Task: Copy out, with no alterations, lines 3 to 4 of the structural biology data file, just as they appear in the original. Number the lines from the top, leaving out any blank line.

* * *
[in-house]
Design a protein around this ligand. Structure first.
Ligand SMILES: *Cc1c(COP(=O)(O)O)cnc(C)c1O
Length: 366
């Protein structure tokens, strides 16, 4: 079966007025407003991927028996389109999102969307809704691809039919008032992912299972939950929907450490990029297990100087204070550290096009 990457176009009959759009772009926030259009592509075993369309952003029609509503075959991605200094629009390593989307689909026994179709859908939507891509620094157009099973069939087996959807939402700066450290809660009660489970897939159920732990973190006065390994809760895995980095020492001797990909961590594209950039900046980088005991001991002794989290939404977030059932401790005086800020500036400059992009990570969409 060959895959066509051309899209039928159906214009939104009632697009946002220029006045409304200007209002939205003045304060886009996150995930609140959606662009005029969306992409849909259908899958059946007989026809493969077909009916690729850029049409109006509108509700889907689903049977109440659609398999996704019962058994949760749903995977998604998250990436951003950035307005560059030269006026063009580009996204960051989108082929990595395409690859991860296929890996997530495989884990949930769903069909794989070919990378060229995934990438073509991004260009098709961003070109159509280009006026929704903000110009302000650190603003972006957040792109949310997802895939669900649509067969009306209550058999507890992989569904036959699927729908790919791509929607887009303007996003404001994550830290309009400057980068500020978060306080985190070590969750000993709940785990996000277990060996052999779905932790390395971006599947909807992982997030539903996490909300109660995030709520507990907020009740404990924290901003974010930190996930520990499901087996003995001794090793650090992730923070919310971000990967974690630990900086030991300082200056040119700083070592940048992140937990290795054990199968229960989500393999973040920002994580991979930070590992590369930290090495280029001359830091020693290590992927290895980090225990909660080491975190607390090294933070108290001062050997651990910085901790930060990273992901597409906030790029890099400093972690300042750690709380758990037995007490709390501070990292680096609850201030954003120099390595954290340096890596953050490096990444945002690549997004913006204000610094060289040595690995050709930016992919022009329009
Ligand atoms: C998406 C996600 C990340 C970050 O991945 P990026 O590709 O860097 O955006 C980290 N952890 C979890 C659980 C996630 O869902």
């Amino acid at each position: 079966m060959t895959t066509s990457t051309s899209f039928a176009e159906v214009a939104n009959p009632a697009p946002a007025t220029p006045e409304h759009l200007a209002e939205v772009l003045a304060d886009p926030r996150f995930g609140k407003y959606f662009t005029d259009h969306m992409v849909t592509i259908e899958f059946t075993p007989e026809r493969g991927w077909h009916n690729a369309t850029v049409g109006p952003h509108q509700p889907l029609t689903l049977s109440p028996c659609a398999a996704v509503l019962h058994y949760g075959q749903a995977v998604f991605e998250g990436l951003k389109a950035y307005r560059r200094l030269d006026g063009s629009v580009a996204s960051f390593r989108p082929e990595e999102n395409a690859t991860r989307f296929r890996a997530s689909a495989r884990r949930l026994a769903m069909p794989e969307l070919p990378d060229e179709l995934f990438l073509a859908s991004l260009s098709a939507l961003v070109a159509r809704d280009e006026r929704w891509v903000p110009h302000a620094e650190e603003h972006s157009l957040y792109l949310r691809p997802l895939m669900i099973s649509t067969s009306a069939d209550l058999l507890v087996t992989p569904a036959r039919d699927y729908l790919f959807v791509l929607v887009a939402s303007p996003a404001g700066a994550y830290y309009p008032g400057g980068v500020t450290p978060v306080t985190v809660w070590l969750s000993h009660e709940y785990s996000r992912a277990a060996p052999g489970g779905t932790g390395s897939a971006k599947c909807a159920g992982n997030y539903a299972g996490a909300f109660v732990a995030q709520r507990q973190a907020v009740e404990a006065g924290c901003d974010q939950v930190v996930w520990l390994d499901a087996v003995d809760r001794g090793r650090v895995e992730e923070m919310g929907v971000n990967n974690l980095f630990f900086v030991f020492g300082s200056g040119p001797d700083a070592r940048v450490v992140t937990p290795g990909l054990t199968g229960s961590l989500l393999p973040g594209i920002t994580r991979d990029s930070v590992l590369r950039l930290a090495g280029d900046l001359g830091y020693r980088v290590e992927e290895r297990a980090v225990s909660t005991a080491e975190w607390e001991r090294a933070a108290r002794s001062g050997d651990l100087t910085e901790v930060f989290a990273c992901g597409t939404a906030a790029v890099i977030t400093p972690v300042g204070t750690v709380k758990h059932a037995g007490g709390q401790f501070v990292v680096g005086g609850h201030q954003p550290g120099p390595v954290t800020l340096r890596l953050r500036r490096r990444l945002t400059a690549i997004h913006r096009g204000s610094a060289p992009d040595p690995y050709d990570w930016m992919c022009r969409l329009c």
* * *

Ligand SMILES: *Cc1c(COP(=O)(O)O)cnc(C)c1O
Length: 366